You are currently viewing From Nigeria – The Pronunciation Problem of Nigerian Speakers of English
Applied Worldwide guest blogger Saliha Sulaiman writes about pronunciation of English in Nigeria.

From Nigeria – The Pronunciation Problem of Nigerian Speakers of English

It is obvious that pronunciation is an aspect of verbal communication which makes it more effective and attractive. Therefore, the significance of pronunciation becomes highly considerable in the process of verbal communication. Speakers of a particular language have a very deep and strong impact of the sounds of the alphabet on their pronunciation.

The word “Pronunciation” can be said to be the means in which a person sounds the words of a language while speaking. The Nigerian speakers of English language are without doubt confronted with difficulty in the pronunciation of the language. As a Nigerian student, I can attest to the fact that I have colleagues who face some problems in order to pronounce the English words. The problem is in every nooks and crannies of the society.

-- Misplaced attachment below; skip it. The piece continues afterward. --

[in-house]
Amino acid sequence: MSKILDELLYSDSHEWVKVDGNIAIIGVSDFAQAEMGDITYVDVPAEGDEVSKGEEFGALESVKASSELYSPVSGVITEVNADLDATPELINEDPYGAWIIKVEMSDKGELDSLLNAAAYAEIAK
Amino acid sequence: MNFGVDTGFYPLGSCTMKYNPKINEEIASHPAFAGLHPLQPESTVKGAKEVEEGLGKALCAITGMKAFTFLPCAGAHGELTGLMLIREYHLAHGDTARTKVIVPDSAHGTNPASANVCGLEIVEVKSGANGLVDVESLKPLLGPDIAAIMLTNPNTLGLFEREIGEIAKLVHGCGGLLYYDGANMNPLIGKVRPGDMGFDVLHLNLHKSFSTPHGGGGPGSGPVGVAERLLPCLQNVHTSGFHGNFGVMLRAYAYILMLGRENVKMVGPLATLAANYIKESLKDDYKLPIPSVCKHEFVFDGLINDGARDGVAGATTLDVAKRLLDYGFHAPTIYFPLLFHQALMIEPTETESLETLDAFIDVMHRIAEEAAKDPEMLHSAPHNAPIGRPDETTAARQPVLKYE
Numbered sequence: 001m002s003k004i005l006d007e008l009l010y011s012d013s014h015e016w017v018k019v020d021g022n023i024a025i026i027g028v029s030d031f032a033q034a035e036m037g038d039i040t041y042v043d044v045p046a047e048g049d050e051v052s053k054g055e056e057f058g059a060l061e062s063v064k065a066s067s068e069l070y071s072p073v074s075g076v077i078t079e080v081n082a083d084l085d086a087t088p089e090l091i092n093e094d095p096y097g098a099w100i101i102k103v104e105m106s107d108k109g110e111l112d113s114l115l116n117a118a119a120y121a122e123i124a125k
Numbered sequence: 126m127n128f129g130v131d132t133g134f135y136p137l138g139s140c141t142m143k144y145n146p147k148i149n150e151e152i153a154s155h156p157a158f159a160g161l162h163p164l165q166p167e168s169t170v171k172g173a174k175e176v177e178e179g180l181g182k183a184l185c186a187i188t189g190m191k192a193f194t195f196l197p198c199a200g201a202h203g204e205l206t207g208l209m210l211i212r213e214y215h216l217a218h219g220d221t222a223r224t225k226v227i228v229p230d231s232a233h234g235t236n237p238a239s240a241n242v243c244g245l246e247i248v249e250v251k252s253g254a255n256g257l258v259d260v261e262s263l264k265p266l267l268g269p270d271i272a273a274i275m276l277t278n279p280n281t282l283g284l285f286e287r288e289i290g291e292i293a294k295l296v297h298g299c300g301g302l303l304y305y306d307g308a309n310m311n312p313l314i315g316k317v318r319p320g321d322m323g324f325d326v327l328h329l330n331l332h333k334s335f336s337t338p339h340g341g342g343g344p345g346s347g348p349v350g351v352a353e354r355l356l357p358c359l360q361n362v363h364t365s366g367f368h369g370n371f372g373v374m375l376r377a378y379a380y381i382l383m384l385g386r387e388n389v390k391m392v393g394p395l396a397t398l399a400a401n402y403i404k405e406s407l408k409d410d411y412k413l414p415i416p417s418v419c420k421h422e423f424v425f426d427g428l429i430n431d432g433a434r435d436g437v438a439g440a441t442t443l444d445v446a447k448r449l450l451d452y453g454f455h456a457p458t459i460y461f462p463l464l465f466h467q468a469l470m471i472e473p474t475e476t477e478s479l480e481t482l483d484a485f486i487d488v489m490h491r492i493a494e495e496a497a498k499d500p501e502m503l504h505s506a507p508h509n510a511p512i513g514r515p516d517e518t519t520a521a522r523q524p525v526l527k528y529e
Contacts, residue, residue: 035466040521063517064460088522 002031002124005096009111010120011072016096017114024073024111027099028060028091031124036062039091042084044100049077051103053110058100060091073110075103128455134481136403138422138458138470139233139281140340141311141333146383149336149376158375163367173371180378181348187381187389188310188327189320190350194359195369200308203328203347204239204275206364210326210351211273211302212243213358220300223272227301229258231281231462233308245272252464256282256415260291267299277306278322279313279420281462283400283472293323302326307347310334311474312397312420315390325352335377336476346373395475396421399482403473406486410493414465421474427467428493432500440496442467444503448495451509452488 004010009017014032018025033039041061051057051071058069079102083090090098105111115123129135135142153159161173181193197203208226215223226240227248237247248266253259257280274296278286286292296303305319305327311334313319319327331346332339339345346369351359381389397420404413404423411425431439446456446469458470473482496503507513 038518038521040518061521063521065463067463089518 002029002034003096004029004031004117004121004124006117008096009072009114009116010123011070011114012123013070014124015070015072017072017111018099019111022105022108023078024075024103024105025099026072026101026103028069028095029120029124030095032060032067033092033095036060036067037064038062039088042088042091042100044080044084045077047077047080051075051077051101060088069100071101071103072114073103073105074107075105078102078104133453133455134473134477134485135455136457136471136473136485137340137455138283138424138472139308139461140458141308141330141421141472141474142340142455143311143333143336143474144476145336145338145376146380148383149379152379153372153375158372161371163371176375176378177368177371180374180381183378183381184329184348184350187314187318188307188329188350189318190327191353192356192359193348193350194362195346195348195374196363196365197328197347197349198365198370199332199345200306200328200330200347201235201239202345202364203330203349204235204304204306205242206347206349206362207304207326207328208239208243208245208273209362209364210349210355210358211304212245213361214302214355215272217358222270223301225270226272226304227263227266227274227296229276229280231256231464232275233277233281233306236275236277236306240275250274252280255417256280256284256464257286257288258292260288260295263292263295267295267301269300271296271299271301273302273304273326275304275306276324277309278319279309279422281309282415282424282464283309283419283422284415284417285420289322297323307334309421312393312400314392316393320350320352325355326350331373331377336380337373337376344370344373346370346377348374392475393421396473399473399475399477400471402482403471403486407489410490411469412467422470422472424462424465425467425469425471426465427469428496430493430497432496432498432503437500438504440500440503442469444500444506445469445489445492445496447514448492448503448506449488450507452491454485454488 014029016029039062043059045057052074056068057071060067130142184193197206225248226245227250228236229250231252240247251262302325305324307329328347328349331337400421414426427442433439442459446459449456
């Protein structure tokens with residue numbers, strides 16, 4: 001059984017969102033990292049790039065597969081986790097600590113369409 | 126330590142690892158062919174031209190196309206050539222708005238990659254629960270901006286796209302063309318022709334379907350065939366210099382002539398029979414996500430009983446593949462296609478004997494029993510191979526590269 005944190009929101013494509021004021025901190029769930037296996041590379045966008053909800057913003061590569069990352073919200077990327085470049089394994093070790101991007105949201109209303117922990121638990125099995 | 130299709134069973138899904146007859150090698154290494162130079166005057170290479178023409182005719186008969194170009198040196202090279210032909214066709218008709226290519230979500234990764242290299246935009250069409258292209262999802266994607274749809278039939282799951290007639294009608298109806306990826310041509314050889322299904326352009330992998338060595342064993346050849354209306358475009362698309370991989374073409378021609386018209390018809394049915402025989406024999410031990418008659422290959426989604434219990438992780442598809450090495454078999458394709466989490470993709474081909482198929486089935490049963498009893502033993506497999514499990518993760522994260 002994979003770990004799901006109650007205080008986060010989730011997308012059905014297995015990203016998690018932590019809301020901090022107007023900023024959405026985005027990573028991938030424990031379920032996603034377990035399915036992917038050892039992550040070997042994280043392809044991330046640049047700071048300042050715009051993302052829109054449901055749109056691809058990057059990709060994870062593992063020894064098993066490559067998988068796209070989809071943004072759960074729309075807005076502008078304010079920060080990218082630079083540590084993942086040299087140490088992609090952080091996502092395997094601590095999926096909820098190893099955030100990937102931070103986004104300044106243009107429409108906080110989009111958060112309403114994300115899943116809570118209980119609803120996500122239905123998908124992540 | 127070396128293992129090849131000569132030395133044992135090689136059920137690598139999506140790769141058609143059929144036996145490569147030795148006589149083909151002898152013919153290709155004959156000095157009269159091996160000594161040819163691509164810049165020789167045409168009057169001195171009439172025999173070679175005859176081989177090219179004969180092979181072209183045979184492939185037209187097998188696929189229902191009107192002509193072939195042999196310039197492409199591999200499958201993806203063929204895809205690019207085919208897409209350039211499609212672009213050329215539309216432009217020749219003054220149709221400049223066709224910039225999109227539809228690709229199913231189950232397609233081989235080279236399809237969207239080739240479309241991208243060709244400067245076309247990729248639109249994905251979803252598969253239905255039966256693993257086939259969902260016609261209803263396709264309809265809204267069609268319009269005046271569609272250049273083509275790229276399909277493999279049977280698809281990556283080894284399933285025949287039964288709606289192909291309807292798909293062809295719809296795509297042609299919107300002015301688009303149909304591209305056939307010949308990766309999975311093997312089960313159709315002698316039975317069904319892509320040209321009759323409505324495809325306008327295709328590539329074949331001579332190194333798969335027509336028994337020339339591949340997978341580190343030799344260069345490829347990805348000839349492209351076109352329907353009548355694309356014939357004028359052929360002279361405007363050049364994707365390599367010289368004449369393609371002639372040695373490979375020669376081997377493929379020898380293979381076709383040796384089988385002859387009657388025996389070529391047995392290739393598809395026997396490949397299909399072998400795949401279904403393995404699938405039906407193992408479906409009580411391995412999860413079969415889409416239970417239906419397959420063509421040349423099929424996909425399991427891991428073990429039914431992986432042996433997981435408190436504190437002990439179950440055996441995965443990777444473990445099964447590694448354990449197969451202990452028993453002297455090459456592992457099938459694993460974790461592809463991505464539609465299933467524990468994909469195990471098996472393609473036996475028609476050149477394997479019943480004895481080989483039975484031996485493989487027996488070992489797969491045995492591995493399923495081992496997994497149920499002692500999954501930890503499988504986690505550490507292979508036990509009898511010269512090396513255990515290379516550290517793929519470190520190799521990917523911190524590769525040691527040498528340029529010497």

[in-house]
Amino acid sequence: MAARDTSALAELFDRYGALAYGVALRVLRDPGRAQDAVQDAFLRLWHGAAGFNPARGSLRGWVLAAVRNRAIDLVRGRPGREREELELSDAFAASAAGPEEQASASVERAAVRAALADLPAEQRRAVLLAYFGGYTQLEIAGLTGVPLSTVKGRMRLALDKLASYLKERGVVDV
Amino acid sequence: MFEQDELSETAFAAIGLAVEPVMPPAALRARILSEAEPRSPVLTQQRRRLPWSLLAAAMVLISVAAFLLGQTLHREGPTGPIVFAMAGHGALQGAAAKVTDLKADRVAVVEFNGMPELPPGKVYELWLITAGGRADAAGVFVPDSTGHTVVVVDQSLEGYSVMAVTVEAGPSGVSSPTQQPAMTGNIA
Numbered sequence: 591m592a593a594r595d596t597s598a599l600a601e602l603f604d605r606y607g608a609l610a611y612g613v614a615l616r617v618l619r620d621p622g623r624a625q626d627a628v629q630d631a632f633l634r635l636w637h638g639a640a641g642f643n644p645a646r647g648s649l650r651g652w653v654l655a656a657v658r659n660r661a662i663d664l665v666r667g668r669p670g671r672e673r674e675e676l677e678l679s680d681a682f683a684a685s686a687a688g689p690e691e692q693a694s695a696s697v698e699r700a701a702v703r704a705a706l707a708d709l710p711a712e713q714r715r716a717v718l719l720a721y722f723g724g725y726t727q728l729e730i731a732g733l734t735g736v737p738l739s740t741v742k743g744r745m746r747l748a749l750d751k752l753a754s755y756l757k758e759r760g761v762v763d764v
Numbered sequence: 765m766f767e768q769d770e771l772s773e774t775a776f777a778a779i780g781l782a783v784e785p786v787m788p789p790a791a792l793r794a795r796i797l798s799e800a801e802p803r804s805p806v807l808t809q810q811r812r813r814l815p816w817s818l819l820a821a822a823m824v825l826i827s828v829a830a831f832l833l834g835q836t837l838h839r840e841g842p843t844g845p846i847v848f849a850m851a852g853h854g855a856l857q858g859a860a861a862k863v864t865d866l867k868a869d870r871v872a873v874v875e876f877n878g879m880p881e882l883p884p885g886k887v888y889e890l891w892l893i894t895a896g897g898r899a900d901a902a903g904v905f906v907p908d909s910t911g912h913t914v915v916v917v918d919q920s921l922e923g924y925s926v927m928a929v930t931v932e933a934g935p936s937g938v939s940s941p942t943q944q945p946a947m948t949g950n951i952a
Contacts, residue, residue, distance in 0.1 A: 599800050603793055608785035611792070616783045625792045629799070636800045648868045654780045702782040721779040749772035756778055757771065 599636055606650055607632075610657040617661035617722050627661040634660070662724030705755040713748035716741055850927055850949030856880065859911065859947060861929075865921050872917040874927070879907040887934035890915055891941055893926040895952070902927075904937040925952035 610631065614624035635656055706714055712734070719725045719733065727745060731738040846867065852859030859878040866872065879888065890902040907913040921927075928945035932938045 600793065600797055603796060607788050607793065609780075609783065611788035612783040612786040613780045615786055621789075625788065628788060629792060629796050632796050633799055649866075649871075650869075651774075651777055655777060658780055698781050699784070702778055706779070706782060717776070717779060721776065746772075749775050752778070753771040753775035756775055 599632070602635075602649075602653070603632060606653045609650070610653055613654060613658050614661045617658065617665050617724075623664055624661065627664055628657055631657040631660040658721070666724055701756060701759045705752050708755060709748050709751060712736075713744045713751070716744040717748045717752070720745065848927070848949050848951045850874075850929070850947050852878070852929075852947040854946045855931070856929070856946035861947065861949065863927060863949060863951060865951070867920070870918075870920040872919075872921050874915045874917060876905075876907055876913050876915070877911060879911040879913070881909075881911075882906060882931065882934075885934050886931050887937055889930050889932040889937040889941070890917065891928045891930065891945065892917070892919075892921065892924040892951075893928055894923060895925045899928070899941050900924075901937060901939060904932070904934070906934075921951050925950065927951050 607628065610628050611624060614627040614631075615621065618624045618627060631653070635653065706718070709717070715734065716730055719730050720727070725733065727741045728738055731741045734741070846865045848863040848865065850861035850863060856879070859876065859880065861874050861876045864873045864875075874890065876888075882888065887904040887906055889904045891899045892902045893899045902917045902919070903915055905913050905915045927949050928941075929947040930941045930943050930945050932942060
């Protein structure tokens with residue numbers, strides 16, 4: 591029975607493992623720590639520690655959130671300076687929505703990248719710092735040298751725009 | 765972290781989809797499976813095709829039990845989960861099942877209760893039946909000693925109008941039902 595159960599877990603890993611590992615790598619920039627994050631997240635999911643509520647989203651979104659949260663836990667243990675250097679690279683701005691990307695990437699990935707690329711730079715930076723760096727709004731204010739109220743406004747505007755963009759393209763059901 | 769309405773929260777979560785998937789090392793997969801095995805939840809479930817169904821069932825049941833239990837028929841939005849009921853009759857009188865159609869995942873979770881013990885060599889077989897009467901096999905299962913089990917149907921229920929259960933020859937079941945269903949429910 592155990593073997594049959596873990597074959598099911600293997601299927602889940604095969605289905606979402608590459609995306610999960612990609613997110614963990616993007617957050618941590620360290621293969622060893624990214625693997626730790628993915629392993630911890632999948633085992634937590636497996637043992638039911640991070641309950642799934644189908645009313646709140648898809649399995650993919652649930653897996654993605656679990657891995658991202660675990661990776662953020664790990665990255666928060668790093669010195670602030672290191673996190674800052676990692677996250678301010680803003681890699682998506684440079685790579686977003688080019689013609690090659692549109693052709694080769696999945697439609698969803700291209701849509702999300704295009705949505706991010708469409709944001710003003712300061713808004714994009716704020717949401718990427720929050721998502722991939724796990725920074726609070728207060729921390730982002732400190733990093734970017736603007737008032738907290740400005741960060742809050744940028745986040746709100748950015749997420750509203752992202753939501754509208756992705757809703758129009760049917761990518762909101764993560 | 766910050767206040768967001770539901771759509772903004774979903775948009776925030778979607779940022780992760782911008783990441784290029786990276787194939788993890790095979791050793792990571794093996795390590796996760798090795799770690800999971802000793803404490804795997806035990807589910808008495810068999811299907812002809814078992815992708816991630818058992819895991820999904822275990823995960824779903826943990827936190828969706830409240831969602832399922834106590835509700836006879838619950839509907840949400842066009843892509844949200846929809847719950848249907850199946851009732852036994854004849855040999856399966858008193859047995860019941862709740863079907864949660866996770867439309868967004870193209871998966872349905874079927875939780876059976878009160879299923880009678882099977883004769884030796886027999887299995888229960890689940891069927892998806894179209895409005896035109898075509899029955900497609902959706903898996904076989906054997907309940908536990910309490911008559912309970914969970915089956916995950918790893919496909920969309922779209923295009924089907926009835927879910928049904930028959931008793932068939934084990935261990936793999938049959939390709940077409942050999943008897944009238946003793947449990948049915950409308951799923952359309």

In learning to speak English as a second language in Nigeria, one’s goal is usually to be as competent as the native speakers of that language; and if not, one will strive to be intelligible to any speaker of that language. Depending on when one’s attempt at bilingualism starts, it is often possible before the age of puberty to acquire near-native competence in a second language.

However, when trying to get in contact with the language by Nigerian speakers, it becomes a continuing process that includes learning the sound of some words and then, learning how those words sound when putting them together. There are a lot of linguistic points, in specific, phonological rules in the English language, which can confuse non-native speakers of English.

THE CHALLENGES FACED BY THE NIGERIAN SPEAKERS

For the users of English as second language in Nigeria, English language is their official language, that is, the language of government, of the judiciary, of business and inter-ethnic communication.